Documentary, New Zealand, 2008. 3’18 mins.
Team: Kathryn Gilbertson, Janelle Hazeldine, Gala Hesson and Phil Worner
After a night out at a typical Dunedin party, three flatmates relive the moments from the night before. Memories of the night slowly come in flashbacks, and they come to realise that their fourth flatmate ‘Moira’, was not exactly her usual self. They put it down to the fact she has been doing so much work recently and had not been drinking a lot.
After catching her trying to entice a cat into a bag, Moira disappears – they decide to find her, they check her room…
They enter her room, discovering curious research on her desk. Her research is about the importance of feline references in ancient Egyptian mythology. Her flatmates open a book on her desk to discover drug paraphernalia! and a tinny full of Cat hair. Slowly it all makes sense, her strange character the night before, the drinking of milk, trying to capture the cat … she has been smoking cat hair. The question becomes, will her friends follow suit?
Plays the part of a flatmate. Janelle played a vital role in props, and the retrieval of hair from strangers heads. Move over the Bone Collector, move in the Hair Collector.
Phil took on the main cameraman role, he enjoyed the discovery of ‘C’ as a drug and til this day can be seen lurking in alleyways.
Plays the lead role of Moira. This seemed to involve improvised unusual acting at a party. She said it came natural. Her dedication deserves an Oscar.
Somehow, during editing, Gala became the second lead. “I feel that this course has taught me, as a designer, the role we play in creating effective propaganda, and how to fool the user by using myths. This is handy knowledge for when I sell my soul in an advertising career. Thanks Desi 322!”
Behind the Scenes
The idea which brought our group together was that of a support group for people with strange names. After discussing the idea with Ralf and Alex it was evident we needed a different idea. We came up with a variety of separate ideas and decided to make a movie about someone who smoked cat hair with the effect that she would exhibit ‘cat like’ behavior.
We would make a documentary on this person and the new drug craze going around known as ‘C’. After putting this together with the storyboards and audio we decided that it was far too boring and needed to be changed. Our final storyline is far different from our original reporter/interview approach.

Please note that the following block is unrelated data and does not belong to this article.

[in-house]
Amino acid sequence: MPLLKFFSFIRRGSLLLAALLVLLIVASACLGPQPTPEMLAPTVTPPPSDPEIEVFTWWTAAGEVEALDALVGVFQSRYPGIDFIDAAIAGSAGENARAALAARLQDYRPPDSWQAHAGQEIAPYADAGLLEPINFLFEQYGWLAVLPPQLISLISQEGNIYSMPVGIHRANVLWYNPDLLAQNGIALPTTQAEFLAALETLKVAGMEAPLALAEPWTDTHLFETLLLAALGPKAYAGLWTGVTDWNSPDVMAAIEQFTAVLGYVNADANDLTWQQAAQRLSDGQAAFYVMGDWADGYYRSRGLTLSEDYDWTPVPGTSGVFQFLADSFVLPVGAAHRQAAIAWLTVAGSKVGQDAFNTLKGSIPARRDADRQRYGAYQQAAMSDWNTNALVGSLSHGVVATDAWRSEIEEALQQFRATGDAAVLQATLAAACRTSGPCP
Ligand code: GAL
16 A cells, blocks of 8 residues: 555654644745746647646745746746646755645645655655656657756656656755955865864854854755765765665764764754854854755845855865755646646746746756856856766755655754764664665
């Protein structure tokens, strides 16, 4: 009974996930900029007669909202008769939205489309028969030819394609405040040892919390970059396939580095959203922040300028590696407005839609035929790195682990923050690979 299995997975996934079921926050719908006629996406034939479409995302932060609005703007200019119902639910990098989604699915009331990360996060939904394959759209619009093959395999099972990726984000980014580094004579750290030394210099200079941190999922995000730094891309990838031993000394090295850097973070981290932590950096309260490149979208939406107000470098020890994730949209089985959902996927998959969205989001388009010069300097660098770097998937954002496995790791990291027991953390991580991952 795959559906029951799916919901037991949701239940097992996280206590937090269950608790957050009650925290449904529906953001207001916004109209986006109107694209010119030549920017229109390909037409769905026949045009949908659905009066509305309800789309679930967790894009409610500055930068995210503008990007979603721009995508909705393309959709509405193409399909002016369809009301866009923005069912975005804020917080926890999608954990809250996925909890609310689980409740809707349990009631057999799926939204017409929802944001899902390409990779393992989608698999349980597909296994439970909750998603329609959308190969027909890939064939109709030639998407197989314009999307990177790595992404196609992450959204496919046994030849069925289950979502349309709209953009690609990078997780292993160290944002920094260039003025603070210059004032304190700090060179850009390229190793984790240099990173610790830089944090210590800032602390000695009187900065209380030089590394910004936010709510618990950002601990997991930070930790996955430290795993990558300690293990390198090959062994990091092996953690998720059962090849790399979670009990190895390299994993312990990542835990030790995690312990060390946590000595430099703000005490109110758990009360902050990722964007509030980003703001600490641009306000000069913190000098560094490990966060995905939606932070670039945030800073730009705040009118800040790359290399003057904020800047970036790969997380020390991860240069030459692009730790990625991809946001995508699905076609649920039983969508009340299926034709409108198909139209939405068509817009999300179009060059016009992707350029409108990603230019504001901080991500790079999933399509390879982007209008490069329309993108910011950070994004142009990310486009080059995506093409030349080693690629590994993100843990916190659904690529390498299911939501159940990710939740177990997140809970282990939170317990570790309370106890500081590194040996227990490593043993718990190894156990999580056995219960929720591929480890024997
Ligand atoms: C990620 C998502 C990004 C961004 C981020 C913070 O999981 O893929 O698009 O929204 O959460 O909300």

Animatic of film
So, starting from ‘scratch’ we decided the hand held approach would be more effective, and realistic in portraying a believable story. We threw away a tight script in favour of improvisation. This combined with a simple beginning middle and end schema allowed an easier to follow and film diegesis. We used natural lighting, employing this realist film tecnique to suit the style of the film.
Filming and Production
Filming took place at 3 different locations: Gala’s flat (hungover scenes and Moira’s room), Phils flat (the party location) and one other flat (cat in the bag shots). Our first filming location was the party. We opted to film at an actual party rather than organising our party-going actors to behave in a certain way. Basically most people (other than our C team) were being their natural selves and had limited knowledge on what the film was actually about. We felt this would be the best way to film our scenes with natural results. And natural results is exactly what we got – there were plenty of suprised reactions about “Moria’s” antics during the night.
To prepare for filming at Gala’s flat, we had a few things to collect for the shrine in Moira’s room. We found images of ancient Egyptian hieroglyphics, gods and hairless cats to create a realistic research mess for Moira. We also collected all the empty milk bottles we could find to reinforce the idea Moira was a bit of a milk fanatic. We also placed within the scene a can of tuna. Obtaining cat hair was a bit of an issue. We decided human hair would make a close enough substitute, and made two separate trips to the hairdressers to get it. There were plenty of strange looks from the hairdressers.
For the opening sequence of the film we created used stop motion, using real human hair. We tried many ways of doing this. It was decided that the most effective way was to glue hair in the shape of a ‘C’ onto some white newsprint. We then piled a whole lot more loose hair on top of the C to make it less obvious until the big reveal. Using about three Design Department fans we then filmed the loose hair being blown away, to leave a large ‘C’ on the newsprint.
One problem we had was unfortunately filming most of the scenes in HD, but a few in SD. This is a mistake we will never make again, because exporting the film to the correct aspect ratio has been a nightmare!
We have found that making a film thought impossible to achieve in terms of believability, can be achieved to a certain extent. What we have learnt from this is to work with the things that we are given, improvise with it, and try to come back with something highly original and interesting. Often in real life design situations this is the case, where clients give you less than ideal material to work with yet expect amazing, unique results.
Collectively, we were a great team. We had team members with great character, to both get along, negotiate with each others ideas, and come together when we had to.